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I am trying to visualize the process of two raters who have each rated the same dataset. Each row (line in the plot) represent a heart beat (or an error) on an ecg. Every disagreement was discussed and commen rating was agreed upon. The agreed ratings are stored in the variable common.

I want to show frequent patterns in this agreement process.

My dataset contains ~1000 disagreements(from ~20000 ratings). Each ratings is one of 6 categories. The categories are not ordered, but d, e and f represent different types of heart beats (incl. unknown), while a, b and c are other ECG patterns.

My initial idea was a parallel plot connecting each rating in for rater1, rater2 and common:

This gives the general idea, that there are som major patterns, but it is not easy to interpret.

Im am hoping someone can recommend a better solution.

Slightly modified sample of the data:

rater1,rater2,common
f,d,e
c,b,b
f,a,a
d,e,e
d,f,f
d,f,e
f,d,c
f,d,e
b,c,c
d,e,e
c,b,b
d,b,b
d,f,e
d,e,e
f,e,e
f,e,e
b,c,c
f,e,e
d,f,e
f,d,e
b,c,c
d,e,e
f,d,e
c,f,c
f,e,e
f,d,f
f,e,e
f,e,e
d,f,e
d,f,f
f,d,e
f,e,e
c,f,c
f,e,e
c,f,c
f,d,e
f,d,f
c,f,c
d,f,e
d,e,e
f,e,e
b,c,c
c,f,c
f,e,e
f,d,e
f,e,e
b,c,c
f,e,e
f,d,f
e,f,e
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    $\begingroup$ I will admit to being confused by this data. It might help to provide more information about what is being rated, e.g., is it really a classification into one of 6 types or is it a scale of some kind? Is it possible to convert it to an ordinal scale? Also, the "common" rating is pretty ambiguous. It seems like it's obvious to you what it means and refers to, but may not be as obvious to us, the readers. Clarification of these things should facilitate obtaining suggestions. $\endgroup$ Nov 19, 2015 at 11:53
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    $\begingroup$ I think this visualization is really good! (What is the distinction between red and white lines?) I see patterns of meeting in the middle, changes from rater 1 to meet rater 2 (f -> c), and a cluster the other way (e -> f). I also see there is a cluster where each gave a d but them in common switched to a f! $\endgroup$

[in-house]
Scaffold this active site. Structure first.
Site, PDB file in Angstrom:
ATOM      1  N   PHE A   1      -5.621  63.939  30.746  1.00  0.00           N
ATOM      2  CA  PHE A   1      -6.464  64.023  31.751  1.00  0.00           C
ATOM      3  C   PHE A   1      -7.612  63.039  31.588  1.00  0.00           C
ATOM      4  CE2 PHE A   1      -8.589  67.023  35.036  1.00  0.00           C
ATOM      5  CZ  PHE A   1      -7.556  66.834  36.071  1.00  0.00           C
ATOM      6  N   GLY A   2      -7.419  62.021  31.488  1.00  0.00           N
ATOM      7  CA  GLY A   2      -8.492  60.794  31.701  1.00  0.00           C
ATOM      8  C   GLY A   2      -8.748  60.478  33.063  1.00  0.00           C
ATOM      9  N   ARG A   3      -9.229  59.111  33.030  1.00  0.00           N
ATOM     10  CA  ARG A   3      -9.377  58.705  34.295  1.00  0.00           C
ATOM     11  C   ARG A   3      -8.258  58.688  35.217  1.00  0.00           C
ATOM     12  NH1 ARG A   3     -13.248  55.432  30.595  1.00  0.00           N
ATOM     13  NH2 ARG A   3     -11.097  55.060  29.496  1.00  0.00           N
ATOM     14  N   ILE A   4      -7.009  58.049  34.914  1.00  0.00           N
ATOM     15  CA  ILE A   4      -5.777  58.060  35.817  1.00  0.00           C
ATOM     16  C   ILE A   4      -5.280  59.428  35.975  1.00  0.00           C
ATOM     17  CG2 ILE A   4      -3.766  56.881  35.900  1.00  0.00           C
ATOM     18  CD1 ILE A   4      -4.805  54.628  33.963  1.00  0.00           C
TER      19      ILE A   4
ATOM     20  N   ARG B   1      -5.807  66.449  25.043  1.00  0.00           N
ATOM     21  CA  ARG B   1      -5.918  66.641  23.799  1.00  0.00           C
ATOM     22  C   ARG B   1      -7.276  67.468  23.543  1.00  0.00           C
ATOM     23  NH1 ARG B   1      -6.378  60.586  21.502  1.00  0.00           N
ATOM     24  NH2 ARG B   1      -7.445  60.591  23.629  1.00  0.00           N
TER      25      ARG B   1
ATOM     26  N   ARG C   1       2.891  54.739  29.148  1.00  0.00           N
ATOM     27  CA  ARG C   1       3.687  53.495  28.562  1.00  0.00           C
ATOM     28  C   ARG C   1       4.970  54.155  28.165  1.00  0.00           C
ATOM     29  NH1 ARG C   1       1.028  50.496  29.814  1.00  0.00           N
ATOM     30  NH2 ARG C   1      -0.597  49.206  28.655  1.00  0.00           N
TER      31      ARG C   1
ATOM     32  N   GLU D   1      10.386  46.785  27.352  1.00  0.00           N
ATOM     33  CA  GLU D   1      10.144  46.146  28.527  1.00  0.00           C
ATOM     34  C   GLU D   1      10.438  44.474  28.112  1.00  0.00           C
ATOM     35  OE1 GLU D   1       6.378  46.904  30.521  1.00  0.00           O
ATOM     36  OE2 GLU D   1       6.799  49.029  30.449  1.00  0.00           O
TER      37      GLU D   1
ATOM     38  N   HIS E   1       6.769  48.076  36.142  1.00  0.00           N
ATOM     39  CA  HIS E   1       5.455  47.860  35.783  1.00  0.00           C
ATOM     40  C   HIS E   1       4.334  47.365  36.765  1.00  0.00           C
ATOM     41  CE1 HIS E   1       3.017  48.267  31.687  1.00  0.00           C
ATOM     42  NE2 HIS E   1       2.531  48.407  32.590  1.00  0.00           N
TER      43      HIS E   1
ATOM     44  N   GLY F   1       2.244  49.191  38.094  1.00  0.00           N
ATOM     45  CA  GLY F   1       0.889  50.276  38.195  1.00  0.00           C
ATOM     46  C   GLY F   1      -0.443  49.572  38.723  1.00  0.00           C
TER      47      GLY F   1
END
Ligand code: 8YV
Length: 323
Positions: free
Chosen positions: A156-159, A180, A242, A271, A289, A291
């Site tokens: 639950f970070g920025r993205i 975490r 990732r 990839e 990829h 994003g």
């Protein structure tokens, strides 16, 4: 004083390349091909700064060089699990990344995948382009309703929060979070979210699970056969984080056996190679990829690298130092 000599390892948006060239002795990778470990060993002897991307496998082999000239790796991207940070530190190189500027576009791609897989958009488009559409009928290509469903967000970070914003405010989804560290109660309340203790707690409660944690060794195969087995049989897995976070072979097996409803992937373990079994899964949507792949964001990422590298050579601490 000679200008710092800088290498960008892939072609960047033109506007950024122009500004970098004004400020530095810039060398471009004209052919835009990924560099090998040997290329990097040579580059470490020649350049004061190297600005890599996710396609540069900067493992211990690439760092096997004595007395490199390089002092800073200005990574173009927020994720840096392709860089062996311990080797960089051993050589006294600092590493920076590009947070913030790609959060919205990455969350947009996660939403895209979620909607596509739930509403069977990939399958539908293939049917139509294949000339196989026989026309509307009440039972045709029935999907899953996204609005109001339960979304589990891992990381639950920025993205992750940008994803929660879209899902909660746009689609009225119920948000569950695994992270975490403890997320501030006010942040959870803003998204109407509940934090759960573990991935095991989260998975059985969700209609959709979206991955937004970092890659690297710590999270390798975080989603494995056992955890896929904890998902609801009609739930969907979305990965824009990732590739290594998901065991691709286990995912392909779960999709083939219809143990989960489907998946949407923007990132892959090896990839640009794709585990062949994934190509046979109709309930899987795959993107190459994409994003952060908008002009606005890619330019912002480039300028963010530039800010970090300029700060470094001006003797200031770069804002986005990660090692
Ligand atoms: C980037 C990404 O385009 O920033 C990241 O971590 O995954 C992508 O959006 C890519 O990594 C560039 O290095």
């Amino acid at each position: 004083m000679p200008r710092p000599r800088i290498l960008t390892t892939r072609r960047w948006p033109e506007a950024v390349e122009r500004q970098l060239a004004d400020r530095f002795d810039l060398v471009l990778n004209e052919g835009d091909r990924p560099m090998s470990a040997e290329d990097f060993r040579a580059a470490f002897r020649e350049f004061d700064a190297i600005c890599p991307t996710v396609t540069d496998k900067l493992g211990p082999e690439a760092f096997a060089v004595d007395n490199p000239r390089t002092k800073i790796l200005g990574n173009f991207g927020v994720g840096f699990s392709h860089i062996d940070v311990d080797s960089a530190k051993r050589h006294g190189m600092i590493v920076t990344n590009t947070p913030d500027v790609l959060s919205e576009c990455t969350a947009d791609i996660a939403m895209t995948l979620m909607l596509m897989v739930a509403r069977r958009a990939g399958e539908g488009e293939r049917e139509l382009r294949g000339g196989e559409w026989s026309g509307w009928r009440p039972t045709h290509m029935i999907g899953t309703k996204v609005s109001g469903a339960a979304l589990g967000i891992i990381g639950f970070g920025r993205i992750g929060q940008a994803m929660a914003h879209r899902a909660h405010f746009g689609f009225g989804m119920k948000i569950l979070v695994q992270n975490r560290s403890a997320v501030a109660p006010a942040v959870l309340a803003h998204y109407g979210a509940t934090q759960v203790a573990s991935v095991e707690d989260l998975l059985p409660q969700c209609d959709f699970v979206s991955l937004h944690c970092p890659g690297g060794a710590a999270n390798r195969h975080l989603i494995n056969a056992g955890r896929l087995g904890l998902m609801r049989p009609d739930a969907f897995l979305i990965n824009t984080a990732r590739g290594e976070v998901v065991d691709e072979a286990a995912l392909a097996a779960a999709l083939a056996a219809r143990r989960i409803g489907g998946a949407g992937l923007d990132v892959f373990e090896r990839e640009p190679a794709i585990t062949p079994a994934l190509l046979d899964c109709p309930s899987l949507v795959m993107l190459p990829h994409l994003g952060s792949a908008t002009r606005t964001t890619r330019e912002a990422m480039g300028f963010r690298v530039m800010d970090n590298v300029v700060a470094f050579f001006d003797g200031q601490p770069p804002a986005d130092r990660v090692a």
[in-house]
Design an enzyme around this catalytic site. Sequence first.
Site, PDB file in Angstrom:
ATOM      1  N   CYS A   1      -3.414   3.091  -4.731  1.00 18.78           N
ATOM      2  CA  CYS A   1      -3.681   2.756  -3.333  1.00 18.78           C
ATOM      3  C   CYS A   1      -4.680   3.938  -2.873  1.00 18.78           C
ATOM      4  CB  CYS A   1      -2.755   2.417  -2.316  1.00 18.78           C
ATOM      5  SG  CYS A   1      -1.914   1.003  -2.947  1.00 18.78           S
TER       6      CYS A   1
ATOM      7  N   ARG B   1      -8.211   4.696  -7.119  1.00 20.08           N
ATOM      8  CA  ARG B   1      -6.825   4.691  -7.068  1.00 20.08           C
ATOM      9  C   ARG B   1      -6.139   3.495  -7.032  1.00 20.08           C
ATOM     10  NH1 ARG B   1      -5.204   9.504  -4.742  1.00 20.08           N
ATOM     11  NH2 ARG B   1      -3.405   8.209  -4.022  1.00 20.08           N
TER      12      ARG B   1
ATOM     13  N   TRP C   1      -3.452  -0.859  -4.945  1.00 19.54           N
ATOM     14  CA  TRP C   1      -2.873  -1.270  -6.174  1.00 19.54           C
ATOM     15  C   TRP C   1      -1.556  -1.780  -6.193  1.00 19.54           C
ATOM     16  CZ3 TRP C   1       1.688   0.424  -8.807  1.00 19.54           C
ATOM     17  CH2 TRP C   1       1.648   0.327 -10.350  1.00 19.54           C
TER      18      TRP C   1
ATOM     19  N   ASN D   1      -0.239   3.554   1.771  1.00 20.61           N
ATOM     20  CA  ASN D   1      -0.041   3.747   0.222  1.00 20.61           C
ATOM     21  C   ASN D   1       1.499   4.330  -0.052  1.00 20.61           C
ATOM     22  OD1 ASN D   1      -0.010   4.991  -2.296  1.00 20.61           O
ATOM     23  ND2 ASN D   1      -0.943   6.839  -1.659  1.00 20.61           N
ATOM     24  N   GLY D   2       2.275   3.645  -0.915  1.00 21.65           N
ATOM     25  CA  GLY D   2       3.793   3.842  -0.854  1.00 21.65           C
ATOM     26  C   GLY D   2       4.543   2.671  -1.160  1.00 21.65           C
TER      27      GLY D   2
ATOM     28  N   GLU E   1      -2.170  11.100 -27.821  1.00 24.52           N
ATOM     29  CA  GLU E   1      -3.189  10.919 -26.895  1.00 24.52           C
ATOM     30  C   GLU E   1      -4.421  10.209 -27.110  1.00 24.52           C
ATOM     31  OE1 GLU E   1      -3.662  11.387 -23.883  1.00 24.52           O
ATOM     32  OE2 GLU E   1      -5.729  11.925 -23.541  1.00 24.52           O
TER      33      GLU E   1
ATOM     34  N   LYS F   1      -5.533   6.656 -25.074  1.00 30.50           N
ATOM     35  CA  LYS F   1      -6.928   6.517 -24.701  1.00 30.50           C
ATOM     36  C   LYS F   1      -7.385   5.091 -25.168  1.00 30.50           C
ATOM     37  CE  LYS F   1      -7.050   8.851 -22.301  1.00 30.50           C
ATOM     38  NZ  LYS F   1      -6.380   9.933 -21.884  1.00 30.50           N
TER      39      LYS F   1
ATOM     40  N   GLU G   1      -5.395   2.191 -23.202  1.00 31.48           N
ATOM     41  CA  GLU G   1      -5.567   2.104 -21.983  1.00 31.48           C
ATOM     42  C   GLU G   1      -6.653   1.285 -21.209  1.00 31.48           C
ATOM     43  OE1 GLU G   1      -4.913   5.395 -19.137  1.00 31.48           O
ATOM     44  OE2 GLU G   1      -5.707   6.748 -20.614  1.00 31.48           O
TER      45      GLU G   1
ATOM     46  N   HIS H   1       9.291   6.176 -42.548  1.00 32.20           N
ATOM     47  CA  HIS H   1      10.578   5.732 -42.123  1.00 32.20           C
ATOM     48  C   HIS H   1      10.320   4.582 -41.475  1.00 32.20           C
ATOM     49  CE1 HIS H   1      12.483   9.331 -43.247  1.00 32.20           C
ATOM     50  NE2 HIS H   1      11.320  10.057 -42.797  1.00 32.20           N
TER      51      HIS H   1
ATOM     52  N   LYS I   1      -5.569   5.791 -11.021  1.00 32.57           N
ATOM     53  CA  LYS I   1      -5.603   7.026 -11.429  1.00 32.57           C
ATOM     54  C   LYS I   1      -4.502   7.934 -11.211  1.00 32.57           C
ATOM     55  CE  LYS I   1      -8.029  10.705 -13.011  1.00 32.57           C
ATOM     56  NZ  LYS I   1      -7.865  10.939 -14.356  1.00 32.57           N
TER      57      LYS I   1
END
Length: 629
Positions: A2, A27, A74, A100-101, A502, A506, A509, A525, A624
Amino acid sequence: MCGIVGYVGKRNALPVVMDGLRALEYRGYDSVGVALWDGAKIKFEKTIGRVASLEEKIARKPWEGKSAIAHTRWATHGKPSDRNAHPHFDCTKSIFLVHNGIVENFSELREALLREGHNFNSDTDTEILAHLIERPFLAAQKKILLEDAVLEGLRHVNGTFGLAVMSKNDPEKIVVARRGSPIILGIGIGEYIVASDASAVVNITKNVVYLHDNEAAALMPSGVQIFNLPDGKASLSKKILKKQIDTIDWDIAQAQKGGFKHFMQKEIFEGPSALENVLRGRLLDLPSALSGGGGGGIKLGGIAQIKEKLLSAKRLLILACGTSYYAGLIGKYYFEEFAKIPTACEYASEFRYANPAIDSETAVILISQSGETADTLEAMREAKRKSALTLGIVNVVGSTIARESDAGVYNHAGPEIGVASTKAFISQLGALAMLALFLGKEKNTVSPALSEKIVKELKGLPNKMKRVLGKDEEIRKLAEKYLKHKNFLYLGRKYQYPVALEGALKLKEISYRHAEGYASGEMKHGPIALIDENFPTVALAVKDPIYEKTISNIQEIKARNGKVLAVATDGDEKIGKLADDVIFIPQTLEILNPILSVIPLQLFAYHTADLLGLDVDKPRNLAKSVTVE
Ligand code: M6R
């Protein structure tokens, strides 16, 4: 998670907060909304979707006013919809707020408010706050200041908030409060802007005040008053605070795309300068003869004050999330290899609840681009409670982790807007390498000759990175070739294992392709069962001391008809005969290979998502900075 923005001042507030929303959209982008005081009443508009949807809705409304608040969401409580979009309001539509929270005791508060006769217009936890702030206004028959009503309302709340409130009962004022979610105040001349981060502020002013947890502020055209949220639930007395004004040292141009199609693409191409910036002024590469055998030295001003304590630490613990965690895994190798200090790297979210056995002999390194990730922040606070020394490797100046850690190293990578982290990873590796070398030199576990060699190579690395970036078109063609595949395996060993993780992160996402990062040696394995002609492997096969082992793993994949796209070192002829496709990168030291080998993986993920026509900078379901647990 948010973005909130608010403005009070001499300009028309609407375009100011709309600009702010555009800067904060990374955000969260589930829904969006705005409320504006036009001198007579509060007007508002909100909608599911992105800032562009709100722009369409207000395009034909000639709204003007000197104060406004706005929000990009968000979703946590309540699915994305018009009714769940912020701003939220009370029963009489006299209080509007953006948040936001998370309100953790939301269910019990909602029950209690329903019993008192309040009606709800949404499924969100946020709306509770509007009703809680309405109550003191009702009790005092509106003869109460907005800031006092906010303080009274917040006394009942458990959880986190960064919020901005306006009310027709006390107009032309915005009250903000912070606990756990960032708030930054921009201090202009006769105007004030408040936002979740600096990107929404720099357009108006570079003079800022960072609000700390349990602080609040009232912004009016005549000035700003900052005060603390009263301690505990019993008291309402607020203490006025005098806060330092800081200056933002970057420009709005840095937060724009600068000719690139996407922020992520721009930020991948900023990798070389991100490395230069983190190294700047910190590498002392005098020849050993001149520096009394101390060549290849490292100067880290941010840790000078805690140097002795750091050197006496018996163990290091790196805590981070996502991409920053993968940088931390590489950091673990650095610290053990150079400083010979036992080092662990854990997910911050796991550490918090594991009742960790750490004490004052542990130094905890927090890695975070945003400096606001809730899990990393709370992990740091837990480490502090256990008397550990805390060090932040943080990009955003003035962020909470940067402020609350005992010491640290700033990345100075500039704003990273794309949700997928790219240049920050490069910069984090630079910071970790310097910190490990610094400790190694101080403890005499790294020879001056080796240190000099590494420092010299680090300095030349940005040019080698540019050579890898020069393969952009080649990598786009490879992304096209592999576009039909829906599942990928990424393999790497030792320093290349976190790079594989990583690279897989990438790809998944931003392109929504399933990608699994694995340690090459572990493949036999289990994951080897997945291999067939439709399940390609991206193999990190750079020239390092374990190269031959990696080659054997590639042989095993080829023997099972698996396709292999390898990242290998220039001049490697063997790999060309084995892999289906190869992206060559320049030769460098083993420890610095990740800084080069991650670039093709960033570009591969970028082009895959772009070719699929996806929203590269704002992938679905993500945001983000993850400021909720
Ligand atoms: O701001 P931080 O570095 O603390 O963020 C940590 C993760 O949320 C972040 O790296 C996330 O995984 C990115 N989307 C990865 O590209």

– Andy W
    Nov 19, 2015 at 12:06
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    $\begingroup$ There may be simpler tables or aggregations to present the data in a more diluted form, but I always appreciate when one just shows all of the data, and IMO your parallel coordinate plot here is hard to beat in terms of being informative. $\endgroup$
    – Andy W
    Nov 19, 2015 at 12:07
  • $\begingroup$ @AndyW That is exactly what i want to show. I'm also adding a table of the frequency of the most common patterns. Red is where the raters choose a common rating, which was not choosen by either initially. This means that the last pattern you described is not a correct interpretation, as what you describe would have appered red. $\endgroup$
    – JohannesNE
    Nov 19, 2015 at 12:17
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    $\begingroup$ I agree with @DJohnson in that I don't follow the rules here. For example d,d,c (if I understand it correctly) is a case where the raters agreed on d and then changed their minds to c. Please explain. Was every agreement discussed too? I have to disagree on the parallel coordinate plot: it is too noisy to help much and the jittering that is a good idea for scatter plots seems less successful here. I would start with a tabulation of the triples. In principle there are $6^3 = 216$ distinct possibilities, but in practice there could be many fewer. $\endgroup$
    – Nick Cox
    Nov 19, 2015 at 12:21

1 Answer 1

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This isn't as sexy as your plot, but it might make it easier to read off actual frequency data.

ratings

Simulated data -- color indicates the number of raters who initially agreed with the eventual common rating (i.e. 0, 1 or 2).

Code:

library(ggplot2)

theme_set(theme_bw())
theme_update(strip.background=element_rect(colour="white"))
theme_update(panel.border=element_blank())

## Simulated data with similar format
n <- 10^3
df <- data.frame(common=sample(letters[1:6], size=n, replace=T, prob=c(1, 2, 3, 4, 4, 4)),
                 stringsAsFactors=F)
df$rater1 <- ifelse(runif(n) < 0.5, df$common, sample(letters[1:6], size=n, replace=T))
df$rater2 <- ifelse(runif(n) < 0.5, df$common, sample(letters[1:6], size=n, replace=T))
for(var in c("common", "rater1", "rater2")) {
    df[, var] <- factor(df[, var], levels=letters[1:6])
}
df$rater1_label <- sprintf(ifelse(df$rater1 == "a", "rater1 = %s", "%s"), df$rater1)
df$rater1_label <- factor(df$rater1_label, levels=c("rater1 = a", letters[2:6]))
df$rater2_label <- sprintf(ifelse(df$rater2 == "a", "rater2 = %s", "%s"), df$rater2)
df$rater2_label <- factor(df$rater2_label, levels=c("rater2 = a", letters[2:6]))
df$agree_with_common <- as.character(1*(df$rater1 == df$common) + 1*(df$rater2 == df$common))
p <- (ggplot(df, aes(x=common, color=agree_with_common)) +
      scale_color_manual("", guide=F,
                         values=c("0"="#D55E00", "1"="#0072B2", "2"="#009E73")) +
      xlab("common rating") + ylab("count") +
      geom_histogram(fill="white") +
      facet_grid(rater1_label ~ rater2_label) +
      ggtitle("Histogram of common rating conditional on individual ratings"))
p
ggsave("ratings.png", p, width=10, height=8)
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